The Government of the Republic of Zambia renews its commitment to end Obstetric Fistula by 2030... Launches National Obstetric Fistula Strategic Plan 2022-2026
The Government of the Republic of Zambia has renewed its commitment to end Obstetric Fistula as a public health problem in the country by the year 2030. On May 23, 2023, Zambia commemorated the International Day for Elimination of Obstetric Fistula (IDEOF) under the theme, “20 Years on - Progress but not enough! Act Now to End Fistula by 2030.” It was at the same event that the Ministry of Health officially launched the National Obstetric Fistula Strategic Plan for the period 2022 to 2026.
The launch was conducted in Solwezi district during the Safe Motherhood Week campaign which is going on from 22 to 26 May 2023 under the theme “Community Empowerment, a springboard to Improving Maternal and Child Health”.
In his official statement to launch both the Safe Motherhood Week and the International Day for Elimination of Obstetric Fistula, the Provincial Minister for Northwestern Province, Col. Grandson Katambi acknowledged the presence of traditional leaders and emphasized the importance of community empowerment and participation in ensuring improved utilization of available services and ensuring that the most vulnerable in rural areas are reached.
He noted that although Maternal Mortality had reduced from 991 per 1000 live births in 2007 to 278 per 1000 live births in 2018, there was need to accelerate efforts to meet the SDG target of 70 per 1000 live births in 2030.
“There is need to ensure Universal Health Coverage for comprehensive reproductive, maternal, and newborn health care. Timely access to high quality obstetric emergency services, ensuring availability of trained professionals at the time of birth and universal access to family planning services, will help us save many lives” Col. Katambi said.
The vision of the Obstetric Fistula Strategic Plan is to see Zambia become a country free of obstetric Fistula with the goal to end it by the year 2030.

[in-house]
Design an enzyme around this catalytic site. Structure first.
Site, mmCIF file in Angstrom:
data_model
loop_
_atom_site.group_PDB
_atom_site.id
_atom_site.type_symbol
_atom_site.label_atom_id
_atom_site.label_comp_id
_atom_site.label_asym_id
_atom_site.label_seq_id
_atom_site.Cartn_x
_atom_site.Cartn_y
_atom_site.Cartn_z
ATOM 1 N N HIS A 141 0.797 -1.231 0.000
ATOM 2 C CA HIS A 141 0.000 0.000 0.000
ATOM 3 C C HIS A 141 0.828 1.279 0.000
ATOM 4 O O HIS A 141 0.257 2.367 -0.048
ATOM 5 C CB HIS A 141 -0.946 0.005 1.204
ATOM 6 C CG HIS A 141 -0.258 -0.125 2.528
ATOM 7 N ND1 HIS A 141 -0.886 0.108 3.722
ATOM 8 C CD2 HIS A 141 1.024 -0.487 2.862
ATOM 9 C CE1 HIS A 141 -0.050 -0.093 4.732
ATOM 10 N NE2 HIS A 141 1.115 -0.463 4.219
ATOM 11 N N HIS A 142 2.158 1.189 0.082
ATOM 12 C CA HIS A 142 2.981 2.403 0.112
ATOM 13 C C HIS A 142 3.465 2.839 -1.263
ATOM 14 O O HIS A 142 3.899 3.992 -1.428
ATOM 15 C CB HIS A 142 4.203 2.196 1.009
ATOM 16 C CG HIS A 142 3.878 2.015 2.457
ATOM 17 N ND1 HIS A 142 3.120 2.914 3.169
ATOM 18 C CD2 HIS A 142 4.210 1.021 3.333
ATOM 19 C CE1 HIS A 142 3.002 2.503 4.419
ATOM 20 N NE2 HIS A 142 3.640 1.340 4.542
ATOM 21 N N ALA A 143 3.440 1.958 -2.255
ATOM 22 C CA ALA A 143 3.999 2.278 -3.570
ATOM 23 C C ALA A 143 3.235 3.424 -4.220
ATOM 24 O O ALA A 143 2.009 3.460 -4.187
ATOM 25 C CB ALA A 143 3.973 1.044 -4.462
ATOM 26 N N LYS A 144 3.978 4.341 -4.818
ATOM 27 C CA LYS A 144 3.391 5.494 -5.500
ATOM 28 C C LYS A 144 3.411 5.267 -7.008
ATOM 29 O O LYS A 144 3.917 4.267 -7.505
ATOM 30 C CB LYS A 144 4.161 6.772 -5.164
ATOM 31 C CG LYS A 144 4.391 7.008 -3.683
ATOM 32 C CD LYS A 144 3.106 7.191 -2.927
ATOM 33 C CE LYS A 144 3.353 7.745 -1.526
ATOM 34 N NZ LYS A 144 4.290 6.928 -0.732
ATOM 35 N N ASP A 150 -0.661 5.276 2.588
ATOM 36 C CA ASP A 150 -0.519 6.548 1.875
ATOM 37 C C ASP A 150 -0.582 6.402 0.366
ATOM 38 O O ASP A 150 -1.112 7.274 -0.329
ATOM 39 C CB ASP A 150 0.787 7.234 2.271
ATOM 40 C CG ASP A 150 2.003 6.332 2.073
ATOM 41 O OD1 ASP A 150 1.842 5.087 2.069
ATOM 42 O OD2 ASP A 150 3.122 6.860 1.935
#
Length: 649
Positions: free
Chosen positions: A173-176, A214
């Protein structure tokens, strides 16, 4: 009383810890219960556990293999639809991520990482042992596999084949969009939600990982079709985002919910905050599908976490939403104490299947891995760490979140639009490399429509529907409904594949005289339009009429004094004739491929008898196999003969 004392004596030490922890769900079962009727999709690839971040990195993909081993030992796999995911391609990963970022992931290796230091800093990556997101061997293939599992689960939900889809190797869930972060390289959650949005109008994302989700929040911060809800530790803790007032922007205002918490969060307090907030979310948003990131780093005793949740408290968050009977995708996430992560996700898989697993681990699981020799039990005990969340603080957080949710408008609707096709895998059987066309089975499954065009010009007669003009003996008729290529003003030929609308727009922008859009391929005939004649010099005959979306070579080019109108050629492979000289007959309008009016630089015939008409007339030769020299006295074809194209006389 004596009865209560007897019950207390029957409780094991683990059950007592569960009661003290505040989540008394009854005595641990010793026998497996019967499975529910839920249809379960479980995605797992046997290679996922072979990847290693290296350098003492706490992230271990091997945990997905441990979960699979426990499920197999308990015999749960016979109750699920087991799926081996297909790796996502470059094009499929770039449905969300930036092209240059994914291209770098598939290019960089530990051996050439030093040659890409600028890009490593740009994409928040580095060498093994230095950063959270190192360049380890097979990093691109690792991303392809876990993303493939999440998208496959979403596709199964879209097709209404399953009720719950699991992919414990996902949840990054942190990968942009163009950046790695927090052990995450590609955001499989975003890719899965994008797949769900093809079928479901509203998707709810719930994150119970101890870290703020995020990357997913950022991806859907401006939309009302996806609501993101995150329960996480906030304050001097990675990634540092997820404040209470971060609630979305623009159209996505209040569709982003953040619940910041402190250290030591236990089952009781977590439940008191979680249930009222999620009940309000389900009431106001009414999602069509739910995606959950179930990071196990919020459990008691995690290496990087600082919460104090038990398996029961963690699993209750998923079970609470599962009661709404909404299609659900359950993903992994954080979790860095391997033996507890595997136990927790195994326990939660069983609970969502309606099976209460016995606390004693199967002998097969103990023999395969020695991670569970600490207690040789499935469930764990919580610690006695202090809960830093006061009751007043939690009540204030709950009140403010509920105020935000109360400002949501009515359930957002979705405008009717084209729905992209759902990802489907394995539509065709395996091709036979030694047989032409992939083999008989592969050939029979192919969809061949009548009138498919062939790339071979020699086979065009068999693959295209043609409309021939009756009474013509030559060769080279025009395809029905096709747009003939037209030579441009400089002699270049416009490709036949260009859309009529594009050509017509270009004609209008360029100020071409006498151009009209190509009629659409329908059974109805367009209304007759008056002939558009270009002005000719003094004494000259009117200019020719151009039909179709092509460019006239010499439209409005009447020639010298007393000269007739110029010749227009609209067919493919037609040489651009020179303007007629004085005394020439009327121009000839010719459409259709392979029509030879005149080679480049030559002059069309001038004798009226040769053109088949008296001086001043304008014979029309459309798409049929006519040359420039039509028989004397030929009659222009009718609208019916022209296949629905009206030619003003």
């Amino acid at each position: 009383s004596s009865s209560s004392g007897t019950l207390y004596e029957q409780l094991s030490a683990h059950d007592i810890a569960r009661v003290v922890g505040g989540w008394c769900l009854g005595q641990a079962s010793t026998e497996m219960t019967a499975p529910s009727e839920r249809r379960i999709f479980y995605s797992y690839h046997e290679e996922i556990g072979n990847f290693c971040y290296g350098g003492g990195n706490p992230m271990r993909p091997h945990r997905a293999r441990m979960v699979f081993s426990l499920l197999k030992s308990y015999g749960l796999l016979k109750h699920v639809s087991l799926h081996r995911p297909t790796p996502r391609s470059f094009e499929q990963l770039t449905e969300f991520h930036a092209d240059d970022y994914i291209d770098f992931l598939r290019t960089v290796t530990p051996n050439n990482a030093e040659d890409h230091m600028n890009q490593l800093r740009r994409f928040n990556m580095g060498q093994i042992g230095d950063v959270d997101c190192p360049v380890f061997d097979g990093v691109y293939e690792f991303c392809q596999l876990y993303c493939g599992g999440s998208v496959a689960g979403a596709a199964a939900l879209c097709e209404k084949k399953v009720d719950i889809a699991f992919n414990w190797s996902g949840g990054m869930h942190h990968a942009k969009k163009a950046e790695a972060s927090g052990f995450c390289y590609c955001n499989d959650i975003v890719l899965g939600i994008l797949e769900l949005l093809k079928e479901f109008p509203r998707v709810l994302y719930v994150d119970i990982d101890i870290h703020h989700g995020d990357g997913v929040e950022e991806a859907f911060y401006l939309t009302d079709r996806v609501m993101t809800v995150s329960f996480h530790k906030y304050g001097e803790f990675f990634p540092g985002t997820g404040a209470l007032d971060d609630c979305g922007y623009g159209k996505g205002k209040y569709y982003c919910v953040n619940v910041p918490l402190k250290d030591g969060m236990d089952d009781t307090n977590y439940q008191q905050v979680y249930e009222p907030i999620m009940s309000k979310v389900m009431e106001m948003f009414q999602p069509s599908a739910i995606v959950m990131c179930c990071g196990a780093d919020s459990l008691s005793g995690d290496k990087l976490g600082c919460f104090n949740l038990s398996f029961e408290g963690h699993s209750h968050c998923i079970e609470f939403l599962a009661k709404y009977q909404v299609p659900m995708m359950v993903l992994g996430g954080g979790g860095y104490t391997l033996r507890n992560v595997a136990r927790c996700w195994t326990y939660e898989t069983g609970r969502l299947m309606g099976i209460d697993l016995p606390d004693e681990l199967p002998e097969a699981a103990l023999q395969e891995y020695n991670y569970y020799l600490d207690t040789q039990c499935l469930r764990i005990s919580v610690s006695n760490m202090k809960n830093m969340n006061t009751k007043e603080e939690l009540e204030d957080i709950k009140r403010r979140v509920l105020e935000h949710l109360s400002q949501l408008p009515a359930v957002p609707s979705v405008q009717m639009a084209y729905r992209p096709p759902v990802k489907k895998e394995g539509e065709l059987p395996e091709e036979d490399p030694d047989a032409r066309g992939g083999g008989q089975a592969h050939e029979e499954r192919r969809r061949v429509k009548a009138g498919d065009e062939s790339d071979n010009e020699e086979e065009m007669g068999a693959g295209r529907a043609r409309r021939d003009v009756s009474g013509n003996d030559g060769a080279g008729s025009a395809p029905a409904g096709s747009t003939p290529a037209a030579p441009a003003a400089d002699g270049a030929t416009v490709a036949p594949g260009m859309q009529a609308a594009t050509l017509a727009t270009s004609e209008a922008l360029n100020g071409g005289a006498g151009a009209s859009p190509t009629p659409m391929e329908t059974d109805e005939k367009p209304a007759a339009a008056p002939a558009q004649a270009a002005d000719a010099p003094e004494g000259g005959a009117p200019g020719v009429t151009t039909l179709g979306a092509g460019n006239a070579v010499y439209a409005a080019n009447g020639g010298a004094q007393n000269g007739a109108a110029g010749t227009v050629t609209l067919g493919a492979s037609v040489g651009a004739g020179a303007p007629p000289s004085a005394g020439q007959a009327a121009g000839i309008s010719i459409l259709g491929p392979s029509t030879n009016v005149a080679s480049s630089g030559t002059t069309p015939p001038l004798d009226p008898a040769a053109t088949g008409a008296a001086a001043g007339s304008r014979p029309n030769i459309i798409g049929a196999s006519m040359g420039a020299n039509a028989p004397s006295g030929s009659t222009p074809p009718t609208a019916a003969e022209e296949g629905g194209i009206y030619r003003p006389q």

The Fistula Foundation Country Director, Mrs. Bwalya Chomba stated that no woman should lead a life of misery because of giving life. Mrs. Chomba added that since 2017, when her organization launched the Obstetric Fistula services, more than 1,700 surgeries have been conducted, and a first ever dedicated ward commissioned at Mansa General Hospital.
“We are working with the Ministry of Health to launch a new countrywide treatment network to build Zambia’s long-term capacity for fistula care and to serve as a path forward to ending fistula within a generation,” she said.
And speaking on behalf of the UNFPA Country Representative, Ms Jennipher Mijere said that the Safe Motherhood Week and the IDEOF were a call to realize the fundamental human rights of all women and girls across the country, with a special focus on those most left behind, excluded and shunned by society. She also emphasized on the importance of ensuring increased availability of data on fistula including its integration in health management information and routine surveillance systems if we are to attain the 2030 Agenda and the Sustainable Development Goals.
“We call for renewed political commitment, additional resources, and investments, and strengthened collaboration between Government, communities, development partners, and the private sector,” Ms Mijere added.
As part of our continued support to the Ministry of Health and leading up to the commemoration of IDEOF and the Safe Motherhood Week, WHO Zambia provided technical support towards planning, training and mentorship of members of the Safe Motherhood Action Groups at Urban Clinic and presented baby hampers to selected vulnerable expectant mothers.
As WHO, we are committed to supporting interventions that will improve the health service delivery and care towards those affected by obstetric fistula so we can save and protect the lives of women and newborns – living no one behind.
During the Safe Motherhood Week activities are heightened to increase awareness and utilization of health services. The activities include provision of short- and long-term family planning services, screening for breast and cervical cancer, rapid syphilis testing, antenatal and postnatal care, EmONc mentorship, training and mentorship of Safe Motherhood Action Groups, advocacy meetings with Traditional Leaders, HIV testing services, sensitization on Sexual Gender Based violence, fistula prevention messages and treatment and adolescent health services.
According to the World Health Organization, each year between 50 000 to 100 000 women worldwide are affected by obstetric fistula. Obstetric fistula is preventable; it can largely be avoided by: delaying the age of first pregnancy; the cessation of harmful traditional practices; and timely access to obstetric care. Every day in 2020, almost 800 women died from preventable causes related to pregnancy and childbirth.